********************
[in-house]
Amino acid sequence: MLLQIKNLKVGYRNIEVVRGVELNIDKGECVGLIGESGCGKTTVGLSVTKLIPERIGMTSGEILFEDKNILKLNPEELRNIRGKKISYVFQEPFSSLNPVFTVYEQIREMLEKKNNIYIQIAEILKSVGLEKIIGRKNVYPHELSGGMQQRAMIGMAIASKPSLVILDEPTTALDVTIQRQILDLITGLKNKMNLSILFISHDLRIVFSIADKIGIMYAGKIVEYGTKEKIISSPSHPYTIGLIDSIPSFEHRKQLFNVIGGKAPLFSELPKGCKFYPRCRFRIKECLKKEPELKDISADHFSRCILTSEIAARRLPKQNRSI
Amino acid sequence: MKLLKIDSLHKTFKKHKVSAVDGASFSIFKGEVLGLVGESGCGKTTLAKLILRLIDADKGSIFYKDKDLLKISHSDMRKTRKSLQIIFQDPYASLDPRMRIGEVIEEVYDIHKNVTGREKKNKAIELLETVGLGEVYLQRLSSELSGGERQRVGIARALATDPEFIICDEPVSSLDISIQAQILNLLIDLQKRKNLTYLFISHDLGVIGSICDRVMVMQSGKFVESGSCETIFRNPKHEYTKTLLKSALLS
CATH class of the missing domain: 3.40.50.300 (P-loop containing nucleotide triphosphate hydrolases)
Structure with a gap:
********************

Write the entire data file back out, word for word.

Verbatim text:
[in-house]
Amino acid sequence: MLLQIKNLKVGYRNIEVVRGVELNIDKGECVGLIGESGCGKTTVGLSVTKLIPERIGMTSGEILFEDKNILKLNPEELRNIRGKKISYVFQEPFSSLNPVFTVYEQIREMLEKKNNIYIQIAEILKSVGLEKIIGRKNVYPHELSGGMQQRAMIGMAIASKPSLVILDEPTTALDVTIQRQILDLITGLKNKMNLSILFISHDLRIVFSIADKIGIMYAGKIVEYGTKEKIISSPSHPYTIGLIDSIPSFEHRKQLFNVIGGKAPLFSELPKGCKFYPRCRFRIKECLKKEPELKDISADHFSRCILTSEIAARRLPKQNRSI
Amino acid sequence: MKLLKIDSLHKTFKKHKVSAVDGASFSIFKGEVLGLVGESGCGKTTLAKLILRLIDADKGSIFYKDKDLLKISHSDMRKTRKSLQIIFQDPYASLDPRMRIGEVIEEVYDIHKNVTGREKKNKAIELLETVGLGEVYLQRLSSELSGGERQRVGIARALATDPEFIICDEPVSSLDISIQAQILNLLIDLQKRKNLTYLFISHDLGVIGSICDRVMVMQSGKFVESGSCETIFRNPKHEYTKTLLKSALLS
CATH class of the missing domain: 3.40.50.300 (P-loop containing nucleotide triphosphate hydrolases)
Structure with a gap: